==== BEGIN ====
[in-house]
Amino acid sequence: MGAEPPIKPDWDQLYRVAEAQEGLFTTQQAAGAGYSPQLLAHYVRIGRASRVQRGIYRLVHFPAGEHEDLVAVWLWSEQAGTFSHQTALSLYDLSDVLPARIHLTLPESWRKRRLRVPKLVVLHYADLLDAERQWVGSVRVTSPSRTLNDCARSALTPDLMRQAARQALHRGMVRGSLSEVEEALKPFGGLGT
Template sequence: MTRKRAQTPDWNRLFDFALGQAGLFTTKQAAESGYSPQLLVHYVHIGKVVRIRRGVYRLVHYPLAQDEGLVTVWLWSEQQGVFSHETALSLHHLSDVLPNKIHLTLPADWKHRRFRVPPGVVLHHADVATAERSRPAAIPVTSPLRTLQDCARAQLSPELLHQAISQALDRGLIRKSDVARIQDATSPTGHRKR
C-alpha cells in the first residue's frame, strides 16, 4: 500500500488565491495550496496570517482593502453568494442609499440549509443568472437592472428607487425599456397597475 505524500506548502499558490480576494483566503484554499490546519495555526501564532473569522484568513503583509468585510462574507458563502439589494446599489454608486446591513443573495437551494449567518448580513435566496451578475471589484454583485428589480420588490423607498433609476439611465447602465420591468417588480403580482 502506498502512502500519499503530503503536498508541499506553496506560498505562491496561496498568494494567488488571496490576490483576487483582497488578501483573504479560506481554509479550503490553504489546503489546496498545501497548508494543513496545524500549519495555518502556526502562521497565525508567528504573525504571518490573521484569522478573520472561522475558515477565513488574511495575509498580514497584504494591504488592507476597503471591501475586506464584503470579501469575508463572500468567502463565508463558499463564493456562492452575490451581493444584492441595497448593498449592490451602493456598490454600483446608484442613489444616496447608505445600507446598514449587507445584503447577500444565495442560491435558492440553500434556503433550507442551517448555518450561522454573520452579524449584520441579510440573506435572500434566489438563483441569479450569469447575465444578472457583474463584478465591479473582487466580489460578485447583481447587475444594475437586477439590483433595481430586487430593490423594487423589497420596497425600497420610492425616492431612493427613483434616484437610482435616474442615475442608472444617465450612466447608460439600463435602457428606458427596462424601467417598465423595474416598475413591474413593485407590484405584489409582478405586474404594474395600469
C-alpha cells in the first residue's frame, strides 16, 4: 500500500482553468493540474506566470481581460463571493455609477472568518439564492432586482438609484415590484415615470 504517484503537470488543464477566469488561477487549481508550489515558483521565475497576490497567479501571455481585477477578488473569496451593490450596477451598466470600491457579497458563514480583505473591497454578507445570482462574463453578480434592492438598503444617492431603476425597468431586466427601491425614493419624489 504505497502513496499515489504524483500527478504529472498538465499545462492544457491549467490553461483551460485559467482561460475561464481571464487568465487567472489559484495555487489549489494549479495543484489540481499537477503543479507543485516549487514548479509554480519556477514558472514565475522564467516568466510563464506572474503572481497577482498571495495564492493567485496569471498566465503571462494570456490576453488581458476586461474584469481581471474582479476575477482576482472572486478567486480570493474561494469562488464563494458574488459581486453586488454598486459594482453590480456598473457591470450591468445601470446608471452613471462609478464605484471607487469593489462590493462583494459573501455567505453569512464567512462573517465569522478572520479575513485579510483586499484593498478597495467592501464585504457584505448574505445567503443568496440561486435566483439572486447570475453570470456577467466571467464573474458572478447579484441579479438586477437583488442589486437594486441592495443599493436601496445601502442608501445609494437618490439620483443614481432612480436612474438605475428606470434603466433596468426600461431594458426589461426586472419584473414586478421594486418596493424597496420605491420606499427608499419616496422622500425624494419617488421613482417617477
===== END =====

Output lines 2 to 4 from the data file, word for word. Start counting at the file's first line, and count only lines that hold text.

Amino acid sequence: MGAEPPIKPDWDQLYRVAEAQEGLFTTQQAAGAGYSPQLLAHYVRIGRASRVQRGIYRLVHFPAGEHEDLVAVWLWSEQAGTFSHQTALSLYDLSDVLPARIHLTLPESWRKRRLRVPKLVVLHYADLLDAERQWVGSVRVTSPSRTLNDCARSALTPDLMRQAARQALHRGMVRGSLSEVEEALKPFGGLGT
Template sequence: MTRKRAQTPDWNRLFDFALGQAGLFTTKQAAESGYSPQLLVHYVHIGKVVRIRRGVYRLVHYPLAQDEGLVTVWLWSEQQGVFSHETALSLHHLSDVLPNKIHLTLPADWKHRRFRVPPGVVLHHADVATAERSRPAAIPVTSPLRTLQDCARAQLSPELLHQAISQALDRGLIRKSDVARIQDATSPTGHRKR
C-alpha cells in the first residue's frame, strides 16, 4: 500500500488565491495550496496570517482593502453568494442609499440549509443568472437592472428607487425599456397597475 505524500506548502499558490480576494483566503484554499490546519495555526501564532473569522484568513503583509468585510462574507458563502439589494446599489454608486446591513443573495437551494449567518448580513435566496451578475471589484454583485428589480420588490423607498433609476439611465447602465420591468417588480403580482 502506498502512502500519499503530503503536498508541499506553496506560498505562491496561496498568494494567488488571496490576490483576487483582497488578501483573504479560506481554509479550503490553504489546503489546496498545501497548508494543513496545524500549519495555518502556526502562521497565525508567528504573525504571518490573521484569522478573520472561522475558515477565513488574511495575509498580514497584504494591504488592507476597503471591501475586506464584503470579501469575508463572500468567502463565508463558499463564493456562492452575490451581493444584492441595497448593498449592490451602493456598490454600483446608484442613489444616496447608505445600507446598514449587507445584503447577500444565495442560491435558492440553500434556503433550507442551517448555518450561522454573520452579524449584520441579510440573506435572500434566489438563483441569479450569469447575465444578472457583474463584478465591479473582487466580489460578485447583481447587475444594475437586477439590483433595481430586487430593490423594487423589497420596497425600497420610492425616492431612493427613483434616484437610482435616474442615475442608472444617465450612466447608460439600463435602457428606458427596462424601467417598465423595474416598475413591474413593485407590484405584489409582478405586474404594474395600469